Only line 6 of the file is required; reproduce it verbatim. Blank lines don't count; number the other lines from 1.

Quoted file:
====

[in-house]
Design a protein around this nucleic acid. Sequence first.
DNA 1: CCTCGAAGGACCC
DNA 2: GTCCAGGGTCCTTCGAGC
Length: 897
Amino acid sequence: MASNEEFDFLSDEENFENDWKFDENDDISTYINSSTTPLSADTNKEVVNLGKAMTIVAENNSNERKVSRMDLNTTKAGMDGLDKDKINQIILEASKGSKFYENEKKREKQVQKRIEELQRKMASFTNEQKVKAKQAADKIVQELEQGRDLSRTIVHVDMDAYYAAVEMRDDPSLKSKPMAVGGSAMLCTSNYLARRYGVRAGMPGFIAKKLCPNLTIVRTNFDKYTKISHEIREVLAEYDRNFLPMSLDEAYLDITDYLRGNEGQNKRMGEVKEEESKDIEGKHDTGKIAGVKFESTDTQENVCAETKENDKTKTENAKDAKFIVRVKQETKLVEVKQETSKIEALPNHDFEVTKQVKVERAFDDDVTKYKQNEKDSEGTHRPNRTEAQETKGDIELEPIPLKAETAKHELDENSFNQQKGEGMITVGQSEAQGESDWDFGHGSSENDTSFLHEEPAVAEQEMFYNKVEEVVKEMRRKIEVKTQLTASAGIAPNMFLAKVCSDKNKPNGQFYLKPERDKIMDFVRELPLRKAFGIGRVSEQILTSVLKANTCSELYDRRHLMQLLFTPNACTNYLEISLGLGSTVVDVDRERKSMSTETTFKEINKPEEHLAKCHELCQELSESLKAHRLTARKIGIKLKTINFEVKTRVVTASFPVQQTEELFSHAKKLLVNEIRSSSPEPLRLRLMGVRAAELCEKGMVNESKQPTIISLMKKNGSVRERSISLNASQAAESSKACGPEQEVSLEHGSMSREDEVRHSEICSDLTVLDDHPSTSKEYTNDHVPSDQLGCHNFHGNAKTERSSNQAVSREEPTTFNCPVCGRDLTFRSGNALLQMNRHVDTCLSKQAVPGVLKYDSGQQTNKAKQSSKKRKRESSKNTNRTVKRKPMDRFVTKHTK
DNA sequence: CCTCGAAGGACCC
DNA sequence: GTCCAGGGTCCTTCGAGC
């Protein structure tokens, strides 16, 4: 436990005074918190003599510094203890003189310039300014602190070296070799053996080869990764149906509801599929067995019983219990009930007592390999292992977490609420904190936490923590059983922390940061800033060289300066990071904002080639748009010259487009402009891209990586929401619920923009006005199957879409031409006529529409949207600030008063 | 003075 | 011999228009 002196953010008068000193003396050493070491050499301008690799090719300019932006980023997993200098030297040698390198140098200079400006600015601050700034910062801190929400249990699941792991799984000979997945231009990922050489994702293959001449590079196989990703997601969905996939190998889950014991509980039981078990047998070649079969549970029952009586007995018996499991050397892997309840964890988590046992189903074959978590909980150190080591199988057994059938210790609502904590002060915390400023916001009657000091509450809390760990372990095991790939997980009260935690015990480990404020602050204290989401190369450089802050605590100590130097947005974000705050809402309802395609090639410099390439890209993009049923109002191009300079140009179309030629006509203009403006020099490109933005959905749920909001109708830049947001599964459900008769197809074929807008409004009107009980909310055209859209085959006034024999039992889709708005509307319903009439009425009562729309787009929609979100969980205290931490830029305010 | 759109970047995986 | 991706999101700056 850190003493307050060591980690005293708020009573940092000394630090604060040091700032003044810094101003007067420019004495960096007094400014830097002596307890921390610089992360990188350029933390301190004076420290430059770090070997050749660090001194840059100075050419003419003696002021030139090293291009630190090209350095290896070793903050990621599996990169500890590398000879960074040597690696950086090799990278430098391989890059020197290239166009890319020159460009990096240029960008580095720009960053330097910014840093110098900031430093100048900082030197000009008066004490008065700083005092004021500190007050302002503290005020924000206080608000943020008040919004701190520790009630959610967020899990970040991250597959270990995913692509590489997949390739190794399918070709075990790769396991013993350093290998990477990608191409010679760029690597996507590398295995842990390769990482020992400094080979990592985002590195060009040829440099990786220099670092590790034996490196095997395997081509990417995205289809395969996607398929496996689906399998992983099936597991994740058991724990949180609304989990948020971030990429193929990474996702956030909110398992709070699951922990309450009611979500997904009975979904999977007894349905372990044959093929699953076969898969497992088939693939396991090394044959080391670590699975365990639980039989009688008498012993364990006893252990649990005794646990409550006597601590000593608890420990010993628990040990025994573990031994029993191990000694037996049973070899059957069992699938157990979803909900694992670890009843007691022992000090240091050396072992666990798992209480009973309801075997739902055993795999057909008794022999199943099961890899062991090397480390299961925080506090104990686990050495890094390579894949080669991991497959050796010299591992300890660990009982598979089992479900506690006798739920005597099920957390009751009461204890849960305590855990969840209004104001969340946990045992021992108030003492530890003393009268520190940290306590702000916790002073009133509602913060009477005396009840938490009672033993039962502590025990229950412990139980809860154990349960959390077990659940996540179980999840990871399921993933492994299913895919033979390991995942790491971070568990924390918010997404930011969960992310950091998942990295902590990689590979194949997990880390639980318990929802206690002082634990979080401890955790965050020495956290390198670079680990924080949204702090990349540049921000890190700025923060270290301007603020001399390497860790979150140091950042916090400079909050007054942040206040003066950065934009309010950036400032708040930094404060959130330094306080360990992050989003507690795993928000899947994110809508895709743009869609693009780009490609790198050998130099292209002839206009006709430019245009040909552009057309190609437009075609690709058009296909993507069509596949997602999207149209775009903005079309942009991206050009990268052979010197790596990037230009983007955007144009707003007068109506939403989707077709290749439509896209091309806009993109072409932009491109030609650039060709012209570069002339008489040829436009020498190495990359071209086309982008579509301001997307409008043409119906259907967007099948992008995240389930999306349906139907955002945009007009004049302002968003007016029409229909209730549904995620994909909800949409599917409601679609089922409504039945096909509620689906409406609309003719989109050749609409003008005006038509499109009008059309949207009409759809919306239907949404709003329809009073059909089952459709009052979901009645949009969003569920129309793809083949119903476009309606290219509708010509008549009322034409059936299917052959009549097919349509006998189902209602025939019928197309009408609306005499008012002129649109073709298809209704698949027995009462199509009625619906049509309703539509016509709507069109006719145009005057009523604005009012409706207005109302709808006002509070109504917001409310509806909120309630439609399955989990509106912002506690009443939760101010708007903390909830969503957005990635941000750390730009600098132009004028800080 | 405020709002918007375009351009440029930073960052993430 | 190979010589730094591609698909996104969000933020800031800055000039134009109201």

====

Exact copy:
Amino acid sequence: MASNEEFDFLSDEENFENDWKFDENDDISTYINSSTTPLSADTNKEVVNLGKAMTIVAENNSNERKVSRMDLNTTKAGMDGLDKDKINQIILEASKGSKFYENEKKREKQVQKRIEELQRKMASFTNEQKVKAKQAADKIVQELEQGRDLSRTIVHVDMDAYYAAVEMRDDPSLKSKPMAVGGSAMLCTSNYLARRYGVRAGMPGFIAKKLCPNLTIVRTNFDKYTKISHEIREVLAEYDRNFLPMSLDEAYLDITDYLRGNEGQNKRMGEVKEEESKDIEGKHDTGKIAGVKFESTDTQENVCAETKENDKTKTENAKDAKFIVRVKQETKLVEVKQETSKIEALPNHDFEVTKQVKVERAFDDDVTKYKQNEKDSEGTHRPNRTEAQETKGDIELEPIPLKAETAKHELDENSFNQQKGEGMITVGQSEAQGESDWDFGHGSSENDTSFLHEEPAVAEQEMFYNKVEEVVKEMRRKIEVKTQLTASAGIAPNMFLAKVCSDKNKPNGQFYLKPERDKIMDFVRELPLRKAFGIGRVSEQILTSVLKANTCSELYDRRHLMQLLFTPNACTNYLEISLGLGSTVVDVDRERKSMSTETTFKEINKPEEHLAKCHELCQELSESLKAHRLTARKIGIKLKTINFEVKTRVVTASFPVQQTEELFSHAKKLLVNEIRSSSPEPLRLRLMGVRAAELCEKGMVNESKQPTIISLMKKNGSVRERSISLNASQAAESSKACGPEQEVSLEHGSMSREDEVRHSEICSDLTVLDDHPSTSKEYTNDHVPSDQLGCHNFHGNAKTERSSNQAVSREEPTTFNCPVCGRDLTFRSGNALLQMNRHVDTCLSKQAVPGVLKYDSGQQTNKAKQSSKKRKRESSKNTNRTVKRKPMDRFVTKHTK